ACCOUNTABILITY // "Your mother is a woman and women like her can not be contained. Mother dearest, let me inherent the earth. Teach me how to make him beg. Let me make up for the years he made you wait. Did he bend your reflection? Did he make you forget your own name? Did he convince you he was a god? Did you get on your knees daily? Do his eyes close like doors? Are you a slave to the back of his head? Am I talking about your husband or your father?"

FORGIVENESS // "Baptize me... now that reconciliation is possible. If we're gonna heal, let it be glorious. 1,000 girls raise their arms. Do you remember being born? Are you thankful for the hips that cracked? The deep velvet of your mother and her mother and her mother? There is a curse that will be broken."

Warsan regularly teaches poetry workshops to uncover and heal trauma. She has written on painful subjects, from her struggles with bulimia to her experience as an undocumented refugee.

"I know that poetry has saved my life," she has said. "It helps me make sense, articulate, heal, revisit, rewrite, reimagine, celebrate, curse, ask, feel and understand."

In an interview, Warsan said "apathy is making the world rot." If apathy is the root of destruction, then feeling is the perfect antidote, the first step towards creation.

For the sake of black women, faithful lovers, growing girls, grieving mothers, yes, let's hope.

Lesley McSpadden, mother of Michael Brown, who died August 2014.

Lesley McSpadden, mother of Michael Brown, who died August 2014.

Sybrina Fulton, mother of Trayvon Martin, who died February 2012.

Sybrina Fulton, mother of Trayvon Martin, who died February 2012.

Gwen Carr, mother of Eric Garner, who died July 2014.

Gwen Carr, mother of Eric Garner, who died July 2014.

This is my fourth blog post in a series for #The100DayProject, a project by Elle Luna. I'm naming it the #100Days ofBenevolent: an attempt to kickstart my daily blogging habit, which has been idle for years.

Menstruation Goes Mainstream

This is my first blog post in a series for #The100DayProject, a project by Elle Luna. I'm naming it the #100Days ofBenevolent: an attempt to kickstart my daily blogging habit, which has been idle for years.

I'm already 2 days behind, which means I will have to catch up. My inertia came from a scarcity mindset - is my project good enough? Is it going to be worth it? Will anyone care? What should I write first? Will I run out of ideas?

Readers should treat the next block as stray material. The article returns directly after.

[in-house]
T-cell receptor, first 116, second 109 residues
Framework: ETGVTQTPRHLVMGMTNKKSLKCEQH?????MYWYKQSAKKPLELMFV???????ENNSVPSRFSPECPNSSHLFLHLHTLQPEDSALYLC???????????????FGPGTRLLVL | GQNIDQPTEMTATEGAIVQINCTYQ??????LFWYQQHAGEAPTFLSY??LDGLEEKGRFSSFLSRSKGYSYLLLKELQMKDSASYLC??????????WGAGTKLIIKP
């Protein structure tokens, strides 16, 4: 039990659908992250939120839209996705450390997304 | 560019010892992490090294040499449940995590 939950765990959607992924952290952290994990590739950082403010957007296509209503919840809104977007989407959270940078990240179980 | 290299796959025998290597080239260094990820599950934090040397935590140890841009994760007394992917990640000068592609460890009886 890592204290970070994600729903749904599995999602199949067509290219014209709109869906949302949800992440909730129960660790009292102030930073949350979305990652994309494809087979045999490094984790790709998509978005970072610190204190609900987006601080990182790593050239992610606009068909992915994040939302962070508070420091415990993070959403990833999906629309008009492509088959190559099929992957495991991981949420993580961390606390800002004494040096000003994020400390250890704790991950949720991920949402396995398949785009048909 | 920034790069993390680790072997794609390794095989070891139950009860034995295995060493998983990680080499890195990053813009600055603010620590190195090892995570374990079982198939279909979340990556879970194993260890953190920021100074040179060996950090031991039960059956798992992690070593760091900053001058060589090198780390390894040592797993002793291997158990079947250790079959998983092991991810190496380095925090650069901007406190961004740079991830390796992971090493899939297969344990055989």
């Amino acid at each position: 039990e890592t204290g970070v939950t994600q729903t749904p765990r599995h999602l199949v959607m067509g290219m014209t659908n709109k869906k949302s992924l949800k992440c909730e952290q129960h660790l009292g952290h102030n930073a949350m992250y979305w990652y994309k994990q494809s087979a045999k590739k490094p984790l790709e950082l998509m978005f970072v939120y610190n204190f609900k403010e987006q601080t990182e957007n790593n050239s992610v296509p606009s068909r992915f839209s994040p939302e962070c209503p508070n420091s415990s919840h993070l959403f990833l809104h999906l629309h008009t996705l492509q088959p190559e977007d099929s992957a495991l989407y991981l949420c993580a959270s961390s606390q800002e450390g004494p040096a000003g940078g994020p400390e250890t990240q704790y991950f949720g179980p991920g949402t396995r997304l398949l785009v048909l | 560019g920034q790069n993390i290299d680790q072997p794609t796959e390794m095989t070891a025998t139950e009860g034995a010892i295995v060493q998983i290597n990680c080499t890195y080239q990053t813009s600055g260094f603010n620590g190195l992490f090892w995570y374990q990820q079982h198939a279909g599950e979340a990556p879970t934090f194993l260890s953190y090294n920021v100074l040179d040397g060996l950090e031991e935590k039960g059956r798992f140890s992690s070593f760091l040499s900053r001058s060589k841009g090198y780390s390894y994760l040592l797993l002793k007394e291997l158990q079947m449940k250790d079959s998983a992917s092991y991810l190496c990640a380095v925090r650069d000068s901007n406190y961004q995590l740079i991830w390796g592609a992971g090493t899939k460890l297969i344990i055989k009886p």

Today, I decided, just start. With abundance.

The topic: woman.

Menstruation is so hot right now.

Poet, author and spoken word performer Rupi Kaur made headlines last year for a photo she posted on Instagram intended to "demystify the period," as part of a series she developed for a visual rhetoric course in her final year at university. 

Photo by Rupi Kaur.

Photo by Rupi Kaur.

Since then, media outlets have been riding the wave, so to speak, of the conversation about blood flowing out of a woman's vagina (yes, I said vagina!)

Just look at Newsweek's most recent cover story: "THE FIGHT TO END PERIOD SHAMING IS GOING MAINSTREAM."

Photo via Newsweek.

Photo via Newsweek.

Meanwhile, on the other side of the world, students at Beaconhouse National University (BNU) in Lahore, Pakistan got press mentions for sharing handwritten messages on sanitary pads stuck to their campus walls, as a protest to end the shame and stigma around periods.

Messages say things like  “This blood is not dirty” and “Periods make us hornier."

Photo via Pakistan Today.

Photo via Pakistan Today.

Art as protest is nothing new, but art as shame-busting, period-mainstreaming is relatively trendy. See “Beauty in Blood" by Jen Lewis, who used her period blood to create an art project, with the images taken by her husband Rob Lewis.

Art by Jen Lewis via Buzzfeed.

Art by Jen Lewis via Buzzfeed.

Perhaps Ygritte and Jon Show in Game of Thrones foreshadowed all of this, back in 2014.

Ygritte: "What's swooning?"
Jon: "... Fainting."
Ygritte: "What's fainting?"
Jon: "When a girl sees blood and collapses."
Ygritte: "Why would a girl see blood and collapse?"
Jon: "Well... Not all girls are like you."
Ygritte: "Girls see more blood than boys."